Just FYI


  1. fogiv

    I didn’t even have to look to see who’s diary it was.

    Did Obama get just about the best deal possible under the circumstances or ARE WE ALL ABOUT TO FRIGGIN’ DIEZ FROM CONSUMMIN’ CATFOOD POISONED WIFF UTTER BEETRAYUL?!?!!!?1!!?


  2. Noor B

    You make a really good point.  We haven’t had real austerity here yet.  That does not mean we do not need to be vigilant here in the US — any trial balloon that goes up suggesting we do something stoopit to our safety net will need an immediate “HELL NO!!!” response.

    That said, we’re not completely safe.  The 113th Congress may have one safe, reasonably sane chamber, and then there’s the other one.  I think we can all expect that the House Republicans will do their dead-level best to undermine agencies that provide a floor.  Witness what happened to the Sandy relief bill.  

    There is a diary on GOS that outlined what is on the table in sequestration and what is not.  “The Left’s Sequester Leverage” is a thoughtful piece outlining what is believed to be safe from the austerity posse.  That said, I think it behooves Americans to keep their eyes on this fight, because there are too many in the Republican caucus who would like nothing better than to weasel out of any prior agreements.

    OTOH, for a lot of us, we don’t need official austerity because we’ve been driven to impose our own mini-austerities by the weak economy.  I live in Maryland, a state that on the whole is doing very well.  But I do not live in the DC-Baltimore corridor.  My part of the state is not recovering yet.  We’re usually at least a year behind the rest of the state.  Wages haven’t kept pace with inflation for several years, yet the cost of everything is going up.  Every month is a juggling act that becomes ever more painful and frightening.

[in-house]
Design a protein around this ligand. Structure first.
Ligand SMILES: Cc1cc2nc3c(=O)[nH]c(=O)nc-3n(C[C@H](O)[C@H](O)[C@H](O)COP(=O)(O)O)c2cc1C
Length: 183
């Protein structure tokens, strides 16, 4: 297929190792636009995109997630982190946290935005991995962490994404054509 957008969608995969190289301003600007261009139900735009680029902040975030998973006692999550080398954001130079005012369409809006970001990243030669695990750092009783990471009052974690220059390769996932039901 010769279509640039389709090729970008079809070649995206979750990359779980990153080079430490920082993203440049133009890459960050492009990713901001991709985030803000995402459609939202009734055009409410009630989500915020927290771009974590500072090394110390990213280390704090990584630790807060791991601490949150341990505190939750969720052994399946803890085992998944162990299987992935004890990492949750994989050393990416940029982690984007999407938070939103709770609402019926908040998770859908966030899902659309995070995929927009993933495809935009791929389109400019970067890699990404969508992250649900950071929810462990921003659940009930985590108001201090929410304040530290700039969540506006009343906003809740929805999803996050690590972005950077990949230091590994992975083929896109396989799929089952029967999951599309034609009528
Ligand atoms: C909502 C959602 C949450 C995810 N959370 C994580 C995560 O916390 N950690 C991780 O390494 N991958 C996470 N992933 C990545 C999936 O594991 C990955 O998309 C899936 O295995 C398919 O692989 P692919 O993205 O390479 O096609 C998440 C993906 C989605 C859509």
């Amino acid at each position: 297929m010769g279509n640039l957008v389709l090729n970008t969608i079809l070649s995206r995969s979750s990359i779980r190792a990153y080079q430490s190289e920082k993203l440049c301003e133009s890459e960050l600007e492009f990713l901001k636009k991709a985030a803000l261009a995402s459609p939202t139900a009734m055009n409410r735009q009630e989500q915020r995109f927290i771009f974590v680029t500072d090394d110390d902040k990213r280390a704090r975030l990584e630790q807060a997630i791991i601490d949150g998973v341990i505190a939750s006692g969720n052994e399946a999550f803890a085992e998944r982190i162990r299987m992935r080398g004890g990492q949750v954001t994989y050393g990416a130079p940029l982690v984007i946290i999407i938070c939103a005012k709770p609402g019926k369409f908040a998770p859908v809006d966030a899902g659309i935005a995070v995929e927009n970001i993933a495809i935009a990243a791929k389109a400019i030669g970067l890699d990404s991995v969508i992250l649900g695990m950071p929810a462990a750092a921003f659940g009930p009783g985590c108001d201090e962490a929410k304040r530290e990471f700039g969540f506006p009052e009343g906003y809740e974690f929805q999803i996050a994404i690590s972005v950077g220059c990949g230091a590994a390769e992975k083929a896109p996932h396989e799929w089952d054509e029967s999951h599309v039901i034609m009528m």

And yet, we are not Greece, and I thank Dog for that not-so-small mercy.

  3. bubbanomics

    I understand it in the us, the home of Galts Gulch. I don’t understand it in Europe, where I imagine a general mistrust of markets. For fsm sake in Germany unions typically have board of directors representation in corporate governance. How does austerity happen in theUK? Y’all cant be crazy as us?

  4. louisprandtl

    We elected Obama and Brit elected David Cameron. Brit loves his monarchy as does our media channels.  Juke is  popular SUV here. Brit needs a chauffer to  drive around.

  5. SallyCat

    for lack of trying by the House of idiots.  What is distressing is watching the various states that are trying to implement their own versions. Texas cutting Planned Parenthood funds and the court agreeing to it, Wisconsin with Union busting bills, Michigan with Emergency Managers.

    I worry that piece by piece laws will dismantle local safety nets and people will not fight back hard enough. Trying to figure out how to get an active coalition together to fight the individual austerity before it goes national. Just some early morning coffee musings.